But a little girl opened the door. She was probably about as tall as me with pale skin and a few freckles with long scarlet hair that came down a bit past her shoulders. She smiled brightly. “Hello there!”

“Um, hi, I’m Isabella Foster,” I introduced. “I came here to deliver some mail to Gilden Eletha. Is this his residence?”

The girl nodded. “He’s my dad,” she explained. “I’m Danielle Eletha, you see. Come on in, I’ll go get him.”

She welcomed me in, and I sat in the big black couch they had in the foyer, a coffee table in front of me with many gourmet snacks and tasty sweets laid out on pristinely clean and styled bowls that had designs that surely hadn’t been made for hundreds of years. To the side of me was a big fireplace, and in front of me was a giant wall made of glass. I could see their giant glorious backyard, and I was sure on a sunnier day it would be amazing, but today was overcast and cloudy. They also had an intricate matrix of staircases that linked up to many top floors that must’ve been way above me.

“Help yourself to any of the snacks, I’ll be right back,” she said.

When she didn’t come back within a few minutes, I reluctantly leaned forward and grabbed a custard burst. Minutes later, a tall gaunt figure walked in.

He was much taller than me, with a lean and skinny build, a pointy chin that made him look even more Elven, with big pointy ears and dark blue eyes, along with slicked back dark black hair. He had pale glossed over skin that almost appeared to have makeup on it. He had a wicked smile, and was actually quite handsome, no matter how old he was biologically.

“Hello,” he said in his interesting accent I couldn’t quite place. It almost sounded like a deep Scottish accent.  “I hear you’ve been looking for me, Miss Foster. I am Gilden Eletha. It’s a pleasure to meet you.”

“Hi,” I said. “I’m supposed to give this to you. It’s from an old friend.”

This was when I realized what his pointed ears meant. That Gilden was an ancient. Which meant the man that had slipped me the notes was nearly that old as well. Which also puzzled me, because if Gilden was thousands of years old, how did his daughter look my age? So many thoughts wandered through my head.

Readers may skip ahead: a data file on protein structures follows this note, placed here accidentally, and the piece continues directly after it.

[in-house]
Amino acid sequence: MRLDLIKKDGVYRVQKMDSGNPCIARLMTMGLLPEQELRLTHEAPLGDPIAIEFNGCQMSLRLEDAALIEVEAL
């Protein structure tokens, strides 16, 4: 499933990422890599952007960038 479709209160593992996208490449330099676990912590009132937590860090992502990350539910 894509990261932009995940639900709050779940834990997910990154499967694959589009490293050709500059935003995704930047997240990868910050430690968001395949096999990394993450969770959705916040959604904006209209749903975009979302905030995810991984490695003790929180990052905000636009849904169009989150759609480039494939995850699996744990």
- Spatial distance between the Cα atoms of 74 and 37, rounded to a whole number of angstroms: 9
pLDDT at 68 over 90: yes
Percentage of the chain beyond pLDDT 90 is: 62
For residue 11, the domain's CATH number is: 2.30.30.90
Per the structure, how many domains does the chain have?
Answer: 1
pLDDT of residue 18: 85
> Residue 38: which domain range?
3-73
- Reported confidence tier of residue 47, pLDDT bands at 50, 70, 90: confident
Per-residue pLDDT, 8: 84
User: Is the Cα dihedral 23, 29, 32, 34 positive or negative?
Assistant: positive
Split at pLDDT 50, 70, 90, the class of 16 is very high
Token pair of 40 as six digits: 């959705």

Gilden put his hand on his head quickly and then took it off, as if he shouldn’t have done that, shouldn’t have let me notice. He took the envelope and opened the letter. Gilden’s eyebrows shot up.

“What is it?” I asked.

“Nothing to concern yourself with,” Gilden said.

“Then at least tell me one thing,” I said, pleading. “What’s your friend’s name? The man who sent you this letter?”

“His last name is not something for me to share, but his first I suppose would be fine,” Gilden said. “His first name is Howard.”

Howard. It wasn’t the most elfish name ever, but I supposed it was nice nonetheless.

I stood up.

“Why are you standing?” Gilden asked.

“I think I should be leaving now,” I explained. “I was supposed to deliver this letter, and I did, so…”

“Oh, you won’t be leaving for a very long time,” Gilden said. His eyes flashed red and then back to a dark shade of blue. He walked toward me. I now noticed the long black cane with a small sphere of moonstone.

I walked toward the door. I put my hands on the handle to open it, but Gilden put his hand on top of mine. I could feel gears turning inside the handle, and when I tried to open it, it was locked.

“Uh, please, tell me…what’s going on?” I asked, freaked out.

“You’ll find out soon,” Gilden said. His eyes flashed red again and he grabbed my wrist. I started breathing quickly. Was this some staged kidnapping? Was Howard trying to trick me by sending me here?

Out of instinct, I punched Gilden in the face, which gave me long enough of a distraction, so I could pull away and run down the hall. Danielle ran after me, but not in a menacing manner. I couldn’t find my way around and ended up in an empty bedroom. Danielle came in. She shut the door behind her and stared into my eyes for a few seconds.

“What the heck is going on?” I asked.

“Okay, let me explain,” Danielle said. “Gilden, well, he’s been away from regular elves for a while. He’s just a little excited to see you and wishes you would stay longer. See, he’s got some mental diseases, they make him act out like this.”

“That’s not it,” I said blankly. “As good as a planned excuse as that is, it’s not true. I can see it in your eyes.”